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Genius

William Forsythe

When it comes to creating dance, a choreographer has to be able to multi task. A choreographer has to be able to visualize and create movement for the individual dancer. The steps and choreography are important  elements to a dance, but there is also the visual art aspect of dance. A choreographer has to consider what their use of space and imagery will evoke in the audience. One choreographer that is really genius when it comes to creating work is William Forsythe.

William Forsythe's One Flat Thing, reproduced

William Forsythe is an American born dancer and choreographer. He was a resident choreographer for the Ballet Frankfurt from 1984-2004, and in 2005 started The Forsythe Company. Forsythe’s choreography is very interesting for the dance world because of his love for math and geometry.

William Forsythe's One Flat Thing, reproduced

One of his most famous contemporary works is One Flat Thing, reproduced which premiered in 2000 by the Frankfurt Ballet. This piece has over 200 cues that the dancers have to abide by, as the piece is structured by the dancers taking cues off of each other. Forsythe’s mathematical thinking can be clearly seen through the use of tables that the dancers, at the start of the piece, run, drag and set up in a grid. They then proceed to dance on, around and under these tables.

One of the most amazing things about trying to understand this piece is a website called Synchronous Objects that explains the complicated nature of the piece by “translating and transforming them into new objects – ways of visualizing dance that draw on techniques from a variety of disciplines.” The project was created by scientists from Ohio State University’s Advanced Computing Center for the Arts and Design (ACCAD) and artists from the Department of Dance. This website and project is incredibly helpful for understanding and analyzing the complex interlocking systems of organization that Forsythe has created.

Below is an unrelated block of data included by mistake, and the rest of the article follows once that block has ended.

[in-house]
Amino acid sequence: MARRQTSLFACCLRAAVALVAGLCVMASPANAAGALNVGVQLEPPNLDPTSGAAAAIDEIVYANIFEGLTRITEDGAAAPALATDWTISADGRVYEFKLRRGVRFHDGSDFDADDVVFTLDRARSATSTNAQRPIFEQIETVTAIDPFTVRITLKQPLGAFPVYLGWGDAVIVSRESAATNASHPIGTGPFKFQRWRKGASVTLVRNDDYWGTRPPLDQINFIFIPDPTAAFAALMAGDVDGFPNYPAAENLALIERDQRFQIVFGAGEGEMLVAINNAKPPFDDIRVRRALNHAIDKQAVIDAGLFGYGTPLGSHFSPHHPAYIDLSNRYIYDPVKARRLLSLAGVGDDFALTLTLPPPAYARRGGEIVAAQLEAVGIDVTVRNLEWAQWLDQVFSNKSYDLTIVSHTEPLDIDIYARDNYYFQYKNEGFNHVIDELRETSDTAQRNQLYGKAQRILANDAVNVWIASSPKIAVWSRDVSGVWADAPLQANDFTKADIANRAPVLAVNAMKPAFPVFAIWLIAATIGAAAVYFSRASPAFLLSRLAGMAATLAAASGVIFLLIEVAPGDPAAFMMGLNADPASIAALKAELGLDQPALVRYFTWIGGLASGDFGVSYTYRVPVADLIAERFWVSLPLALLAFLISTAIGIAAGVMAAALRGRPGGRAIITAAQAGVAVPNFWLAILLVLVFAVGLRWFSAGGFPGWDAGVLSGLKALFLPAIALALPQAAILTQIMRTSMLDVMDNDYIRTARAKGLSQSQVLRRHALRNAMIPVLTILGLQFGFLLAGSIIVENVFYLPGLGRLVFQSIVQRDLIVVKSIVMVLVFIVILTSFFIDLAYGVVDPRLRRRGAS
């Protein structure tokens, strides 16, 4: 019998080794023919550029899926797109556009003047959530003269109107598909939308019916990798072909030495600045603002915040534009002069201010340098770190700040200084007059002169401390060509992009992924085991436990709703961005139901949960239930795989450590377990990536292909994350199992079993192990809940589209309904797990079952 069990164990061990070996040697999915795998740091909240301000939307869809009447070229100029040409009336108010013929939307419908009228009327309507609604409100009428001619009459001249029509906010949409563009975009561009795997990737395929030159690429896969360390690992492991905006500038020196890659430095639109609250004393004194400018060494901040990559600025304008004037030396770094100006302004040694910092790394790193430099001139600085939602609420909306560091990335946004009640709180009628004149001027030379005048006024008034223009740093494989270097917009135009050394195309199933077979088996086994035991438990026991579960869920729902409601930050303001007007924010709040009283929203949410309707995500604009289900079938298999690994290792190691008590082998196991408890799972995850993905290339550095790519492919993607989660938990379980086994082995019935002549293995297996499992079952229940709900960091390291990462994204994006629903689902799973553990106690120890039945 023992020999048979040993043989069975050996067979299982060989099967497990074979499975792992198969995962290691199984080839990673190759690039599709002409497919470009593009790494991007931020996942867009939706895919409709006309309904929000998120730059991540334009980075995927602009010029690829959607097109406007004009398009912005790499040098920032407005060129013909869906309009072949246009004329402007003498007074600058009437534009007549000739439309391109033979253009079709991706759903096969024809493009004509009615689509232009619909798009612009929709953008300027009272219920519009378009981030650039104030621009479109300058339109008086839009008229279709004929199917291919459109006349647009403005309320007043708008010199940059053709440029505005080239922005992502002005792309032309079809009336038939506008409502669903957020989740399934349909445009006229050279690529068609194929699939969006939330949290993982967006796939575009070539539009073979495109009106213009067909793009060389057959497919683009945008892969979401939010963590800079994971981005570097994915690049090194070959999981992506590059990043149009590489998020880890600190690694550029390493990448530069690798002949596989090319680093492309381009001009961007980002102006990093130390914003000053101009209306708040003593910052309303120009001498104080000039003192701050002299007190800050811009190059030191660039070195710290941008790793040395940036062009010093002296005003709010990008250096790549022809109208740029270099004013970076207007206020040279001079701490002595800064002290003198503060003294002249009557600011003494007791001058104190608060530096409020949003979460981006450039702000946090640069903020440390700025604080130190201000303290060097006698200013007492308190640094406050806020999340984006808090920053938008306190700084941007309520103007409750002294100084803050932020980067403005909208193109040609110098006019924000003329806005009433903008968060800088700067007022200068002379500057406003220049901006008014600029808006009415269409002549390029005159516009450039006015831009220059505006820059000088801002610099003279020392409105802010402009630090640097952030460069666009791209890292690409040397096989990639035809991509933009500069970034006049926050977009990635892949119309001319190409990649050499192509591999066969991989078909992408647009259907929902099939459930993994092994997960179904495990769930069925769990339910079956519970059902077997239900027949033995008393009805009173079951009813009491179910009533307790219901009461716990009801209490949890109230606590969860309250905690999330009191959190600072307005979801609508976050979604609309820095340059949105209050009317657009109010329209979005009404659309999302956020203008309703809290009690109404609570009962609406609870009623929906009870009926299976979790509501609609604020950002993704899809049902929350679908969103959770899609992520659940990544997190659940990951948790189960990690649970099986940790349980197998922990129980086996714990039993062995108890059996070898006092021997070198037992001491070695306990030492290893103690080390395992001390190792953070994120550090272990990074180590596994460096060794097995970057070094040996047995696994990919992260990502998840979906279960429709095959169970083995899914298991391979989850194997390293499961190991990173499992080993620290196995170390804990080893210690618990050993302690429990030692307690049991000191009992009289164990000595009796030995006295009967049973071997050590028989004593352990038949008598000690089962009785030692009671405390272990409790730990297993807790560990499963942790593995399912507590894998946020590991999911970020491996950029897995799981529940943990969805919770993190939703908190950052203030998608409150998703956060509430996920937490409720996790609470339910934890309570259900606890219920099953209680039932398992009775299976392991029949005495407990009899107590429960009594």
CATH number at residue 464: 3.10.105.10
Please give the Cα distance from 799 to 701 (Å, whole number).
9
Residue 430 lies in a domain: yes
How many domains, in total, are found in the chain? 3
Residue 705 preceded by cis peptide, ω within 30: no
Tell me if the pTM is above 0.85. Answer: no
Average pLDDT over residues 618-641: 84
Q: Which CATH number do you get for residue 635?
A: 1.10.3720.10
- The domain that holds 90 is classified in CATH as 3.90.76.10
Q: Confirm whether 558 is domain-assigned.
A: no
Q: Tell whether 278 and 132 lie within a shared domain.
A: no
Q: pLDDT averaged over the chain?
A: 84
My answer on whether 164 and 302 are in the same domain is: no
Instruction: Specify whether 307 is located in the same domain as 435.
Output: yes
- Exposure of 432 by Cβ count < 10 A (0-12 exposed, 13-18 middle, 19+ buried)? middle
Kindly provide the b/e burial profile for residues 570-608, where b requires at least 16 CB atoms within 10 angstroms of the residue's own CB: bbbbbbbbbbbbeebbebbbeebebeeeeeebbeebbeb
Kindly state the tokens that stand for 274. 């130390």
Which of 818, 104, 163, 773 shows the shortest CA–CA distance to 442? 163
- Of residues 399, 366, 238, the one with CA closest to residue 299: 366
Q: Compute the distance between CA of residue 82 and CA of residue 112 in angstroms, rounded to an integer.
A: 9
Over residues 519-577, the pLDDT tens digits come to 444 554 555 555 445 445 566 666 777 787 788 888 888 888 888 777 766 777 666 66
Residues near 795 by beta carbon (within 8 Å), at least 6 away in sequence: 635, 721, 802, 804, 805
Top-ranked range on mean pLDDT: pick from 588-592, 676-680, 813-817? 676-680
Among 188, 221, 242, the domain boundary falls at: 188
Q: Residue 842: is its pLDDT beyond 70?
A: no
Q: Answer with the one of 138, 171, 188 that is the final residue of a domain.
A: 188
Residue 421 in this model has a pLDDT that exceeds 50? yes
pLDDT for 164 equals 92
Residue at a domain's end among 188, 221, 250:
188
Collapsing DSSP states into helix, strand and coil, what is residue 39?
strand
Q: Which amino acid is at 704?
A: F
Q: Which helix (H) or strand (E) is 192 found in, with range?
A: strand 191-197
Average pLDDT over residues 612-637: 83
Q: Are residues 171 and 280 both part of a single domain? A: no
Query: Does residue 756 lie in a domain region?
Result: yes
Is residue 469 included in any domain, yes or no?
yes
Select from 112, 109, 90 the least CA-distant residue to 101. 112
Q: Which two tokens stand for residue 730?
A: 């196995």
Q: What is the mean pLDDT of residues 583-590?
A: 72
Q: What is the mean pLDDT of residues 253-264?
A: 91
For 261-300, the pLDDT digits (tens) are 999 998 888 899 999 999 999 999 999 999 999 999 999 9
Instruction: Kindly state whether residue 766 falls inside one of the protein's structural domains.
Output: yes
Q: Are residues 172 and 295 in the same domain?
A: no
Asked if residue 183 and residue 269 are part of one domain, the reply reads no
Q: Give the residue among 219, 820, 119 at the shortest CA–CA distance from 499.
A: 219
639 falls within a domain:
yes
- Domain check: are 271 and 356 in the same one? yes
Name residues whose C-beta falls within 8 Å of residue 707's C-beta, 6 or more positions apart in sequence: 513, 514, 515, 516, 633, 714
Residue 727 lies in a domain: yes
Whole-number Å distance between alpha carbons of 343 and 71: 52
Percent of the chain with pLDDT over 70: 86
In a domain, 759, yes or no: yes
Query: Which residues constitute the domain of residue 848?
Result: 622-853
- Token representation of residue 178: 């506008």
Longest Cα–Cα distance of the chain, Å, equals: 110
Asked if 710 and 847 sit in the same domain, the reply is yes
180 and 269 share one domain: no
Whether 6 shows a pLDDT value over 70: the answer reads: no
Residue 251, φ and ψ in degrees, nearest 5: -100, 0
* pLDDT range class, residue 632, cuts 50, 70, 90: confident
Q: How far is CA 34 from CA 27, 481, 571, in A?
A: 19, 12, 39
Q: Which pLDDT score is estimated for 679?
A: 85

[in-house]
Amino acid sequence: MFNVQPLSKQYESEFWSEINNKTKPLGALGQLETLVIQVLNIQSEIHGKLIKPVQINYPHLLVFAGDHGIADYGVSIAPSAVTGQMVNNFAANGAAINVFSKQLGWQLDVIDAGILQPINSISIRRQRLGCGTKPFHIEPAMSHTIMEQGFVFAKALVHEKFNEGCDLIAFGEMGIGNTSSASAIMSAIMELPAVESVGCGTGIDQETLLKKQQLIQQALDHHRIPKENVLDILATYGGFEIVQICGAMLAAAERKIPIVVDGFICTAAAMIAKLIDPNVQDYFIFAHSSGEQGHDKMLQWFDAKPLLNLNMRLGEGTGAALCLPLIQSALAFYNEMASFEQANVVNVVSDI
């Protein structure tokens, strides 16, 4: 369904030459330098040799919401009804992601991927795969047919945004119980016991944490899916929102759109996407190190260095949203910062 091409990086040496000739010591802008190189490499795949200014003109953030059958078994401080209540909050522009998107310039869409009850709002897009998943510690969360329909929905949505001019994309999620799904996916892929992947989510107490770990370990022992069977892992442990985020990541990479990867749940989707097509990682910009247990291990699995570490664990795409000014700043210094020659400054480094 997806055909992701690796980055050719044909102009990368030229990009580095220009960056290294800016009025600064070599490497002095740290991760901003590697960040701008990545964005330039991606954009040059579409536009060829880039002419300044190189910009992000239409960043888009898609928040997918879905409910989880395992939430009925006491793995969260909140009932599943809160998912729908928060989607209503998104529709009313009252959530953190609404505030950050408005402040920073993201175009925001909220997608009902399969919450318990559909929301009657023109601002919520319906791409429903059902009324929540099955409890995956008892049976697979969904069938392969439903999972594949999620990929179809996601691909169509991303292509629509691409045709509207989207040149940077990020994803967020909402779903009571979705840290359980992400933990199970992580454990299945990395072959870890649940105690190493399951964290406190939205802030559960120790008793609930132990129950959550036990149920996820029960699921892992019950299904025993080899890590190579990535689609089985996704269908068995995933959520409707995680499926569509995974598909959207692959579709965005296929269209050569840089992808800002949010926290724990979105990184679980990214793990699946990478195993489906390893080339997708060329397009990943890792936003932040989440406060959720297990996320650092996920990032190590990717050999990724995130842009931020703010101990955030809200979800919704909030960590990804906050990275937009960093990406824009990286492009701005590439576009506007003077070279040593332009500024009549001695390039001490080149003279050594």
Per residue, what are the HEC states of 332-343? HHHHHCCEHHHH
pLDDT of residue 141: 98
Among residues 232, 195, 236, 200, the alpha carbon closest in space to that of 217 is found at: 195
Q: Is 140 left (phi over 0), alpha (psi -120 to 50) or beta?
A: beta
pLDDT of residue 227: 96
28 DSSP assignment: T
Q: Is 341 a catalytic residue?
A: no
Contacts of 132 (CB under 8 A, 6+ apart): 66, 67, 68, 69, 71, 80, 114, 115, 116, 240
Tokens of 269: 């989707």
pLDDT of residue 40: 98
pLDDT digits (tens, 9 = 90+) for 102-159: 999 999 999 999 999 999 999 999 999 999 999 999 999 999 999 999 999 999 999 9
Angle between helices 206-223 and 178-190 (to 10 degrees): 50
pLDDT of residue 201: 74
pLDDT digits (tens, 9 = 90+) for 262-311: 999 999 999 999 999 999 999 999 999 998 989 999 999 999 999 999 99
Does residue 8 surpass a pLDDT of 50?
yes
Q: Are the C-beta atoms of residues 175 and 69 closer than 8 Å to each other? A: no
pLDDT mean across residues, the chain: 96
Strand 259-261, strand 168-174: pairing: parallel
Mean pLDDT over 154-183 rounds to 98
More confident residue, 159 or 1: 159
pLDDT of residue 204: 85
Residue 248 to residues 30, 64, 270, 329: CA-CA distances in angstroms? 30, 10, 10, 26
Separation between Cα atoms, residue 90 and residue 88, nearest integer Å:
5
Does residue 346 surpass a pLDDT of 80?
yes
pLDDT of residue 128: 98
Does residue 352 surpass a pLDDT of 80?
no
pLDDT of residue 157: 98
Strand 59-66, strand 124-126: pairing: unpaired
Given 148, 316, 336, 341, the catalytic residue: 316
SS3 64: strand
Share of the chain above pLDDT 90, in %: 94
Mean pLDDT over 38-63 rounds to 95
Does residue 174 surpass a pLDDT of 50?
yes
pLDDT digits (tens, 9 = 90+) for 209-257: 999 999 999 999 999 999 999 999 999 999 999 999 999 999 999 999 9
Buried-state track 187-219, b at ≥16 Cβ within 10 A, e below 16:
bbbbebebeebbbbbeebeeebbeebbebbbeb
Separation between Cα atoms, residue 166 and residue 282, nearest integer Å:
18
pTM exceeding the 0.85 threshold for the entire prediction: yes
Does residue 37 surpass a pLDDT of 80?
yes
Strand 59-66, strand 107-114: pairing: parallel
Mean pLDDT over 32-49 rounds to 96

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Art and Inspiration

Having recently created a Pintrest, I’ve been collecting imagery in my head about how my dance should look and be structured. I’ve been looking at a lot of Dadaism (or anti art) and thinking about how that could translate into movement (or anti movement, whatever that means…). My darling mother loves to reference “The Lovers” by Rene Magritte, which is featured below:

Rene Magritte The Lovers 1928

Rene Magritte The Lovers 1928

Dadaism, or Dada was an art movement during the early 20th century. This art movement was an anti-war response that aimed at rejecting the norm and standards of art at that time. The Dada movement was an angry one. The people who fueled the movement were not only anti-war, but also radical left and anti-bourgeois. Dada came about in the form of visual art, theater, literature, poetry, theory and graphic design. There was not much of a response in the form of dance, which is interesting because a lot of Dada visual art portrays people, gestures and imagery.

Rene Magritte Intermission 1928

Rene Magritte Intermission 1928

Rene Magritte (1989- 1967) was a Belgian artist who specialized in painting. His works are considered surrealism; they challenge the viewers idea of reality in art. A lot of his paintings are realistic until you realize that the things being portrayed would be impossible in real life. This sort of imagery is something that I would be interested in using in my own choreography by playing around with the ideas and imagery that Dada presents. However, I can understand why dance was not a prevalent form of response during the Dada movement because its surrealism; it’s hard to physically represent the unreal! How can one portray bodies of just one arm and one leg?! The challenge is enticing…

Rene Magritte, The Musings of The Solitary Walker 1926

Rene Magritte, The Musings of The Solitary Walker 1926